Virtual Violations

Wanda Fleming doesn't know which was more disturbing: the e-mail or how easy it was to find its sender.
Wanda Fleming doesn't know which was more disturbing: the e-mail or how easy it was to find its sender. (Lily Gasperetti)
By Wanda Fleming
Sunday, August 10, 2008

POSTED AT 1 A.M., the e-mail simply states: "I found your Web site. I want to buy your sweetest soap and move it up your thighs. I want my mouth washed out. What scent do you suggest?"

My heart stops.

I have two consuming vocations: handcrafting scented soap and writing. I work on both in a Batcave-like room dubbed The Studio. Cement makes up the floor. Drafts rattle the 100-year-old jalousie windows. But the ambiance is well worth the rent.

Only three people are allowed in this space. The stalker slips in anyway. He finds me through the words I write.

On my retail Web site, my soap cannot simply lather. It fluffs in fat creamy bubbles and soothes with the richness of olive oil. These words are plucked by Internet search engines that bring buyers but also oddballs seeking lasciviousness. They type a string of ordinary words whose meaning turns lewd only in composite, like silky and creamy and girls. They arrive hopeful and leave disappointed after the first page reveals soap. But not my stalker. He stays for hours, poring over each page.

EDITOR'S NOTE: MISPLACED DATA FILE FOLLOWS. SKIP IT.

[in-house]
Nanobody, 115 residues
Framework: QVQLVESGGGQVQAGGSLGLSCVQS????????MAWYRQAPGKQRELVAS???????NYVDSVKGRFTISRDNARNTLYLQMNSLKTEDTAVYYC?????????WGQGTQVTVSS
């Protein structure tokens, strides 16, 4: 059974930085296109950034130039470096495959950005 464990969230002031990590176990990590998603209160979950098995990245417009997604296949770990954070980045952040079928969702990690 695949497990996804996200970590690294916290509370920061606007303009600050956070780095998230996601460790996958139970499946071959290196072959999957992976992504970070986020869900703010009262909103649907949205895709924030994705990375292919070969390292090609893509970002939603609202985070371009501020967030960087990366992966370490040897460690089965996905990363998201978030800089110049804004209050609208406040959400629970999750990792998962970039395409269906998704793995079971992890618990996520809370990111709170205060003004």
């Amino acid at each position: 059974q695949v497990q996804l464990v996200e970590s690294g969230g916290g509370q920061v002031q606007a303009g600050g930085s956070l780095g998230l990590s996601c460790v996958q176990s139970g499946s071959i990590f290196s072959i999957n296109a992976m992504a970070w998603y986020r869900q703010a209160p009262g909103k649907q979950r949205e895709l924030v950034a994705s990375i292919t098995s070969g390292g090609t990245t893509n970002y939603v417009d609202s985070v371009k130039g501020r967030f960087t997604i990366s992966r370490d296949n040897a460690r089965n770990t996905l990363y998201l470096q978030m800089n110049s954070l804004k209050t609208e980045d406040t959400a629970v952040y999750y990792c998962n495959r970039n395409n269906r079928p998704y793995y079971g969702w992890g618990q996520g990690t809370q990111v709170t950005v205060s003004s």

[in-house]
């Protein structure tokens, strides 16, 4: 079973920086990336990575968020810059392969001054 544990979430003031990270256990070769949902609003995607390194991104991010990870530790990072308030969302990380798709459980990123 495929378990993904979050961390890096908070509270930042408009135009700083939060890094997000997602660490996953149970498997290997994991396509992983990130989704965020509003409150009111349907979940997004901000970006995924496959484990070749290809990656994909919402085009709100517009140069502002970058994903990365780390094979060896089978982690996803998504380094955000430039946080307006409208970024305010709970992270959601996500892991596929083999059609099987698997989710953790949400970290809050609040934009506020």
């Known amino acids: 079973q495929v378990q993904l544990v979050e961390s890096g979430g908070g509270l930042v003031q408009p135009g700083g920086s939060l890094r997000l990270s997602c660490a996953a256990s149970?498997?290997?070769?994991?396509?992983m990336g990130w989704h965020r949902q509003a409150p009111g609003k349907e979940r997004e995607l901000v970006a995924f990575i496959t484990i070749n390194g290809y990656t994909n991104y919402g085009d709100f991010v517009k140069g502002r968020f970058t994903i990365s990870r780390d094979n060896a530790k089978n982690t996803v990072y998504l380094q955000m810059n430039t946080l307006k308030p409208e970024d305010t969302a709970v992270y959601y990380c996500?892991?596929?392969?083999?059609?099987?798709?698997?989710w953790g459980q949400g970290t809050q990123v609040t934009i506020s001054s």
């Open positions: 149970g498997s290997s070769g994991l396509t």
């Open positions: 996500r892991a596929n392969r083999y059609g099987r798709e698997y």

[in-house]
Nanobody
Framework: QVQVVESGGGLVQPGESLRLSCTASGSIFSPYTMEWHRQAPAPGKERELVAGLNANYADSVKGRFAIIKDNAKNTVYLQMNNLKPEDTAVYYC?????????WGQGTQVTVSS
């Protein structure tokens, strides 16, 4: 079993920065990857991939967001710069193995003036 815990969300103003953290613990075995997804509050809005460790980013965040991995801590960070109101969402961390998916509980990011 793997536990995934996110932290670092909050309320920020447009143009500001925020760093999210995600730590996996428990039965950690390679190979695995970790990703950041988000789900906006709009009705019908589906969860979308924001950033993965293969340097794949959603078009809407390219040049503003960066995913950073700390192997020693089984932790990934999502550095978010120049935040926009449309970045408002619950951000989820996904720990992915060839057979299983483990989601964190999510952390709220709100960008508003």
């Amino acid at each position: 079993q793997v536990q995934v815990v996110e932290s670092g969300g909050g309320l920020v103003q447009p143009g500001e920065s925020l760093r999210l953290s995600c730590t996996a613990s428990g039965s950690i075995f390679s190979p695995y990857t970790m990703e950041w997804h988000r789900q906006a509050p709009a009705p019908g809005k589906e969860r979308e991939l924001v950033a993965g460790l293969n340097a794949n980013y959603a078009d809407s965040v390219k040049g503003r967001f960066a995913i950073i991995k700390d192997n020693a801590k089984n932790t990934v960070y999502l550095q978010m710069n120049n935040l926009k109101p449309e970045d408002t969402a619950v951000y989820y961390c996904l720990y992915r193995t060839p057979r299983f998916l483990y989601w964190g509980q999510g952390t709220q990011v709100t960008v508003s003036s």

"Who's the freak?" my husband asks, pointing his coffee mug at the message.

I immediately dismantle the blog linked to my Web page. I pull down the photos of my children digging for blue glass on the beach and whirling sparklers in the back yard. Then panic turns to vigilante prying.

Who would write such a thing, and to a woman miles away, married with children?

I know his name already. Bizarrely, he signs his obscene note, as though I might become his pen pal. He doesn't know this, but like most business Web sites, mine tracks every visitor. It discloses when he arrives, what pages he views and how long he lingers. It doesn't divulge names but often reveals the location, be it Austin or Stockholm. Sometimes, it pinpoints with disturbing exactitude. This is the case with my stalker.

With his town and name in hand, I immediately crawl the search engines. There are about 100 men in the United States with his name. Only five spell it the way he does.

Only one resides in this small town, a place whose chamber of commerce Web site boasts 1950s friendliness and low crime rates. In one photo, blond children run though leaf piles. In another, an elderly couple sits on a bench licking vanilla ice cream cones. The major realty agency suggests a three-bedroom ranch house costs $157,000. It lists six open houses this weekend.

My stalker's name appears on a city agency government roster. He is a high-level manager and has won performance awards for leadership and peer training. A photo shows him flanked by colleagues as he accepts a Lucite plaque. He is gangly with pink-rimmed eyes and thinning hair the color of preserved salmon.

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